Now, I would find it unimaginably horrible if someone said it was fine that I was attracted to women but a sin if I acted on it. I think the LDS community is wrong and it causes serious harm to its members who are gay. My point is only that the church's position is less hateful than many churches, and it is unfortunate that it is bearing so much of the outrage over the injustice that is Prop 8, Prop 102, etc. [UPDATE: I think the "only" is misplaced. The lack of hatefulness is a significant difference.]

Oh yeah, and just for kicks here's something that purports to be historic. Link.

Friday, November 14, 2008

What's the Analogy for Marriage Equality?

Analogies are of limited usefulness when trying to change someones mind. If I say, "It's just like interracial marriage . . ." or someone else says, "It's just like adult incest . . .", you pretty much know where we stand. So the analogy ends up being little more than stating your opinion.

I think analogies are more helpful when we are trying to analyze our own thoughts. So, consider the following list of potential or actual changes to marriage laws:

* Allowing fourteen year-olds to marry with parental consent
* Allowing a white person to marry a black person
* Allowing an adult man to marry his adult sister
* Allowing people to divorce without stating a cause
* Allowing an adult man to marry two adult women
* Recognizing a year of continuous cohabitation as a marriage

Why are each of these like or unlike allowing an adult man to marry another adult man, or an adult woman to marry another adult woman? Does this give you insight into your position on recognizing the marriages of gays and lesbians?

Meta Question

In the course of discussing Marriage Equality here, we have entered into what I see as a two-headed discussion of the Church's role in society in general. I think the two heads of the discussion are has Christianity been a net good in society and can Christianity be a net good in society. Notice the issue is net good. It would be impossible to argue that Christianity, or any organized religion, has not been a force for good and evil in society. Indeed, I would suggest a significant force for good and evil at times.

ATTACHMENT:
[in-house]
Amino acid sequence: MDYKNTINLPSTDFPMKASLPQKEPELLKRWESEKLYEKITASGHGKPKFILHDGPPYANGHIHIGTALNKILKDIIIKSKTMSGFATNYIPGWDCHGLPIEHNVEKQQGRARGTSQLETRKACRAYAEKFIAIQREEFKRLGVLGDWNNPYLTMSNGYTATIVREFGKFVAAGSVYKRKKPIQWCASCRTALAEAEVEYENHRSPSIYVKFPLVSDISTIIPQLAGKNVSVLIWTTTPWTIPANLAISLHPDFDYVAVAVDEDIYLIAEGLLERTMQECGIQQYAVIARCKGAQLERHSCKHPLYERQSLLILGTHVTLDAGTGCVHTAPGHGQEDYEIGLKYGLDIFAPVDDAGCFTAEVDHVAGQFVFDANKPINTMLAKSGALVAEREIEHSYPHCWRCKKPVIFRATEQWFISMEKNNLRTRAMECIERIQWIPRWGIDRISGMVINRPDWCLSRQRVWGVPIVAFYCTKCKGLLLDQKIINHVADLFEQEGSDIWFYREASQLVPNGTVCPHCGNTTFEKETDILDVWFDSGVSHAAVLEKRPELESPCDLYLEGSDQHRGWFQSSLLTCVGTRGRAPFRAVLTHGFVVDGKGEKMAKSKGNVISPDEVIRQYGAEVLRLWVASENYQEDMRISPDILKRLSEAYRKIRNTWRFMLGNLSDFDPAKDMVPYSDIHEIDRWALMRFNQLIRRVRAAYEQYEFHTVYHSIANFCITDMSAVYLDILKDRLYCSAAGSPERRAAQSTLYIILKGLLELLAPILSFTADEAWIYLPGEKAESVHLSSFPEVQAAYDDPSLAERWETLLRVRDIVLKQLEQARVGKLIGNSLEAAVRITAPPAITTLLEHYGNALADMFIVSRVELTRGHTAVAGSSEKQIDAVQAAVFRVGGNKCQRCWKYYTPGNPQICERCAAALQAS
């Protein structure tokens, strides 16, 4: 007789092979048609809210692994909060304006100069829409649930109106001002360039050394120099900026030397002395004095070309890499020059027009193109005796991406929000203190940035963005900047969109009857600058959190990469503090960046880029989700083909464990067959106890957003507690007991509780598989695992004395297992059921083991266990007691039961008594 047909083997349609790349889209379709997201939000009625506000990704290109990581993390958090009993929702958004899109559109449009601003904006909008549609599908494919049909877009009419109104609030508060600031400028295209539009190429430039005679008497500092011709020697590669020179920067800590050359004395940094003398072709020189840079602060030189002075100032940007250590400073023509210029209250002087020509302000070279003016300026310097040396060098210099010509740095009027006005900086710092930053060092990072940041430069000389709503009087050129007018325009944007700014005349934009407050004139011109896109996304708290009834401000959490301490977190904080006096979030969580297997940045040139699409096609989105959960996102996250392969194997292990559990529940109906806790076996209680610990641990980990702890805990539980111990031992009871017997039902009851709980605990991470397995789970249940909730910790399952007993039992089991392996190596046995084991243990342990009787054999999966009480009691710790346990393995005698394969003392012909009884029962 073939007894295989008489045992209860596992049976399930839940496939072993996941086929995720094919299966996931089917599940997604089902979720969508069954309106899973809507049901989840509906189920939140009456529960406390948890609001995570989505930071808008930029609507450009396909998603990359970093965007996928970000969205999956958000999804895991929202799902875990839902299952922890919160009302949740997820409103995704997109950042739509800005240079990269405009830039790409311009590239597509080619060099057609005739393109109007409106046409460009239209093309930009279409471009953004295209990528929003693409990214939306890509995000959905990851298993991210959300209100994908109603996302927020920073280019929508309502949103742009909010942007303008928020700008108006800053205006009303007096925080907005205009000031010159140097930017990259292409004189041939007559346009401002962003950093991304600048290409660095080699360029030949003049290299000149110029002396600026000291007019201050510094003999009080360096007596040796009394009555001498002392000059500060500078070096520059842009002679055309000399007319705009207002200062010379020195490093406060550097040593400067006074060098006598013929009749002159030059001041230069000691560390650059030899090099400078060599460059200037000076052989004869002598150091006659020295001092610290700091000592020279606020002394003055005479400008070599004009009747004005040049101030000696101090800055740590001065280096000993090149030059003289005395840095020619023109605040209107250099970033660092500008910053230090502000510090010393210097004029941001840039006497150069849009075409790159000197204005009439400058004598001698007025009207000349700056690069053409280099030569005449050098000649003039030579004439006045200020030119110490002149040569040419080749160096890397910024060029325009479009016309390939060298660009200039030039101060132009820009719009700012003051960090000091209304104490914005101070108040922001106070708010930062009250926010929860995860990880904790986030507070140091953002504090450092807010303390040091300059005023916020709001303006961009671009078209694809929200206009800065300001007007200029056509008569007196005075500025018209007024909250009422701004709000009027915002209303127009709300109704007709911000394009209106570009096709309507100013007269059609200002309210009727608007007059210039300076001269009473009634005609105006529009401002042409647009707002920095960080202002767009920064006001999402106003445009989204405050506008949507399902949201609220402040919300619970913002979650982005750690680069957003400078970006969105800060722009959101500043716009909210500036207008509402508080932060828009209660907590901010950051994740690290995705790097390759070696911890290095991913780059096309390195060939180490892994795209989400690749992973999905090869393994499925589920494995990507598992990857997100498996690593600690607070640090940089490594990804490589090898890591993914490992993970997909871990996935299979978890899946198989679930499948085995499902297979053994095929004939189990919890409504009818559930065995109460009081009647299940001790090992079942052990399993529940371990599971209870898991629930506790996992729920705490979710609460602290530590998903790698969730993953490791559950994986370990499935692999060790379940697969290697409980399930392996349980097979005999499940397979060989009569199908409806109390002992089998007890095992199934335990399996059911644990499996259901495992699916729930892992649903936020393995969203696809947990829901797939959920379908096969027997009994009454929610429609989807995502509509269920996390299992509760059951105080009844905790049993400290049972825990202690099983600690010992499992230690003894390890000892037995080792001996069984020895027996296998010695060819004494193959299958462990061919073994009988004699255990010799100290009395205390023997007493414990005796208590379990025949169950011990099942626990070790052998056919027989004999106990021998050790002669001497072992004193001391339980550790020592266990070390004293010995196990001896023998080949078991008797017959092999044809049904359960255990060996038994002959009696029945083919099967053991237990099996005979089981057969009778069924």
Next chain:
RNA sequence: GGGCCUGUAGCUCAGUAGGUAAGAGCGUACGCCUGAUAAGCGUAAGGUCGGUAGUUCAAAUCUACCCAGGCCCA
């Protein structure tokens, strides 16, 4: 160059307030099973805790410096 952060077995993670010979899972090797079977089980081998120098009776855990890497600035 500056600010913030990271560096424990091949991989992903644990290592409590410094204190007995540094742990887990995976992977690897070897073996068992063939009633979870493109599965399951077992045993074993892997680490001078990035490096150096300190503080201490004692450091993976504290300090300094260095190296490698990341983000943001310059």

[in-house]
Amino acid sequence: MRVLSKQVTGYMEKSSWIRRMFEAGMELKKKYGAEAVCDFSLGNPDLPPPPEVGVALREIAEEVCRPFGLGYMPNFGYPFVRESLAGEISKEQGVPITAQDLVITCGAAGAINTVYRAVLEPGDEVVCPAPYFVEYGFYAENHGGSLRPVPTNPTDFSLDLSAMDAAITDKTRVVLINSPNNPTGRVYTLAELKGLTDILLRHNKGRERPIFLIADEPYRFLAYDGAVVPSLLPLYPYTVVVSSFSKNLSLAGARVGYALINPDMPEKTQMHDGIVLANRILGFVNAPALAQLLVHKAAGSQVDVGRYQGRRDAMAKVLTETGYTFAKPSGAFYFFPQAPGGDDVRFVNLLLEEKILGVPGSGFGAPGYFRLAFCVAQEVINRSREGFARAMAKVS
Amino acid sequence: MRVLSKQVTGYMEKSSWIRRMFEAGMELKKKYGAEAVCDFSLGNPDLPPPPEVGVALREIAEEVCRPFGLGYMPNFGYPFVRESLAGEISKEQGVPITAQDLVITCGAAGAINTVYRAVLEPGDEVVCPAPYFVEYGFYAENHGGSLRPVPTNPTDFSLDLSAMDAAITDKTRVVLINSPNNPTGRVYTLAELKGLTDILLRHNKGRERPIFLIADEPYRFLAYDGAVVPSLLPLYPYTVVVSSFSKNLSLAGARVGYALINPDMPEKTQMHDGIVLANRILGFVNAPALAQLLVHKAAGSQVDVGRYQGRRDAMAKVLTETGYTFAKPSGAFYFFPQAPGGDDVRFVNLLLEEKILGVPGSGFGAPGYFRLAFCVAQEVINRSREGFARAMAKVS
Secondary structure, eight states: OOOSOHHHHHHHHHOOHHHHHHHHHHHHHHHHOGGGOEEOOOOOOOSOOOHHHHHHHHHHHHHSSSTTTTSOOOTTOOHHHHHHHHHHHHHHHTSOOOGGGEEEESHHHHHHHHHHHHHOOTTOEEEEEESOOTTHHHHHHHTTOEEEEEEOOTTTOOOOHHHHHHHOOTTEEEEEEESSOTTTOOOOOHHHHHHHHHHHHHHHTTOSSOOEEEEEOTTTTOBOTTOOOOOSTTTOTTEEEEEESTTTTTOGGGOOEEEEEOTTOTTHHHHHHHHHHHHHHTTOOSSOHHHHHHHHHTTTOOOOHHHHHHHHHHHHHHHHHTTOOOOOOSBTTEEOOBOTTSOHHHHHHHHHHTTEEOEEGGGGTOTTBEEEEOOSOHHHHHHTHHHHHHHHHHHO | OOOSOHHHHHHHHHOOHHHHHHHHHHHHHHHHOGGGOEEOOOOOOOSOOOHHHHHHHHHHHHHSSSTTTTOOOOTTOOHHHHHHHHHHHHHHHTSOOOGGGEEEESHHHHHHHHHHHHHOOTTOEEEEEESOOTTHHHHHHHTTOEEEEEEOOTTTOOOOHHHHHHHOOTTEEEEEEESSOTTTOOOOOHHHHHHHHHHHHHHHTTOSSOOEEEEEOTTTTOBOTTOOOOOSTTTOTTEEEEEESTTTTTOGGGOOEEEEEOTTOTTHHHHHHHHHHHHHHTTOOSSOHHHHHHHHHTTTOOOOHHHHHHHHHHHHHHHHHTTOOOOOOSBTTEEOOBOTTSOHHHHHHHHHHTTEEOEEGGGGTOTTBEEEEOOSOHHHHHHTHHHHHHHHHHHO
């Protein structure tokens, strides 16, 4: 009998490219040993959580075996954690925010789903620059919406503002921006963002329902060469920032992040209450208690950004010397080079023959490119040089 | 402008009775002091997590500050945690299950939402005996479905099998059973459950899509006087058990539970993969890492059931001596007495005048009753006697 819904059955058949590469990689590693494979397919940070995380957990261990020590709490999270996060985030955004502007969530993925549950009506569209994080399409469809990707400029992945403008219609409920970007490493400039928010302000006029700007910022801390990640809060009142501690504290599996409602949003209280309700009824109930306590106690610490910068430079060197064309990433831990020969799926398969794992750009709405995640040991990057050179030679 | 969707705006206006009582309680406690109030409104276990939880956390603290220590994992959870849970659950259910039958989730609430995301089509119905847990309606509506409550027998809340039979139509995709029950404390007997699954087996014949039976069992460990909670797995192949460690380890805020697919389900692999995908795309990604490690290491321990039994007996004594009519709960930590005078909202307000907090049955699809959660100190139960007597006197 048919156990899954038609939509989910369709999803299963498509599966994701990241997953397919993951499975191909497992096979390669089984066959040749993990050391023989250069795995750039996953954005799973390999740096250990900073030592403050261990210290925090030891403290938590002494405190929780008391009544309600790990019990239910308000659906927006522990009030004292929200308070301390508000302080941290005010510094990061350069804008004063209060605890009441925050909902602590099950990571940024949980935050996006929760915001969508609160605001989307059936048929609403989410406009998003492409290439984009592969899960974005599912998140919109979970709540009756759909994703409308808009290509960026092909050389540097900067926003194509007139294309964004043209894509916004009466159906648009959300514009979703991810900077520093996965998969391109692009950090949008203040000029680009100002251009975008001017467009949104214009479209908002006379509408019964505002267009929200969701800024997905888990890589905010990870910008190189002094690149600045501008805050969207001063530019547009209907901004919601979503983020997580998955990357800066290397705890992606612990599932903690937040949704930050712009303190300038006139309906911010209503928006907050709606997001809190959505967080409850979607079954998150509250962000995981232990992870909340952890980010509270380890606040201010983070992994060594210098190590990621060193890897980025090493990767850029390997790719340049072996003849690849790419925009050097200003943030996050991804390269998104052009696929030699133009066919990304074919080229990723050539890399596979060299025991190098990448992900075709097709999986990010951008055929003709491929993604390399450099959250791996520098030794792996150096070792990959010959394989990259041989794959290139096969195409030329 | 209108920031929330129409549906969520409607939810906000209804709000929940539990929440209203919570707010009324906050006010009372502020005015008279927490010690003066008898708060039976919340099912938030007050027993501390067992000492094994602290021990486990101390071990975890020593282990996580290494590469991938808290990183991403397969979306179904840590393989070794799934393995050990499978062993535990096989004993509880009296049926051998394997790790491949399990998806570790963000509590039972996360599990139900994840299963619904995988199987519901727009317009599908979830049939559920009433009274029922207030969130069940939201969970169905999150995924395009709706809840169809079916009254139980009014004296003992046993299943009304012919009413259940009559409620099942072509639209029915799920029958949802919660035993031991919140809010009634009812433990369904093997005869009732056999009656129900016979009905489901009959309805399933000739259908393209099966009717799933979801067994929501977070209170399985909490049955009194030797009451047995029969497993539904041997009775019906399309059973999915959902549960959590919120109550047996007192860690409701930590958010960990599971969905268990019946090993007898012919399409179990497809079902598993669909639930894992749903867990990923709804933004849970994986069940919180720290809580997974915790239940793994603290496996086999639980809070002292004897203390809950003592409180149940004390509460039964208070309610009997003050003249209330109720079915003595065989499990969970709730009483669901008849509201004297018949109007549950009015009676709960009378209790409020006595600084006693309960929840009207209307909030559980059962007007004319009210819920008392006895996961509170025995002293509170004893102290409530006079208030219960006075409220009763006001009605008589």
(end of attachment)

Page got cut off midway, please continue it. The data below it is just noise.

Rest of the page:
My meta question is this: Is it possible to evaluate the effect of a society's predominate religion independent of other cultural elements of a society?

Addressing the historical question, Atrios put it this way, asking about religion's effect on history is like asking about the effect of weather on history.

Thursday, November 13, 2008

Third of Three Navy/Submarine Posts

CNN reports that the U.S. Supreme Court has allowed the Navy to continue training with SONAR despite the fact that the impact on whales has not been studied. I remember this coming up around 1995-96 while I was on board Billfish. The Assistant Weapons Office was completing an audit that had a question: "What if anything has the ship done to minimize the impact of SONAR on marine mammals?" The officer, who graduated from Berkeley and who I was relieving as tokin liberal on baord, thought it was a pretty funny question. We determined that we were doing nothing. Perhaps things have changed.

I do believe the folks that say practicing using SONAR can seriously harm marine mammals. For example, it can kill divers that are in the water and for that reason the Navy has special safety tags it hangs on SONAR equipment when divers are working on the ship.

I also believe practicing active SONAR is essential. It is a skill that the US did not have to rely on during the cold war because loud Russian submarines allowed us to use passive SONAR. Furthermore, when engaging diesel submarines running on the battery, active SONAR is an important tool, and our current enemies, e.g. Iran, have diesels.

So, I'm torn.

Finally, I find it frustrating that the Bush Administration has not performed the necessary studies and provided the public and the courts with a realistic picture of the potential impact on marine mammals. Then people other than the Bush administration could actually weigh the risks and gains and develop a position. But President Bush's absolute disregard for American Democracy is one of the many reasons he is a terrible president. I hope that President Obama realizes he is not a king and restores the rule of law in the United States.

Second of Three Navy/Submarine Posts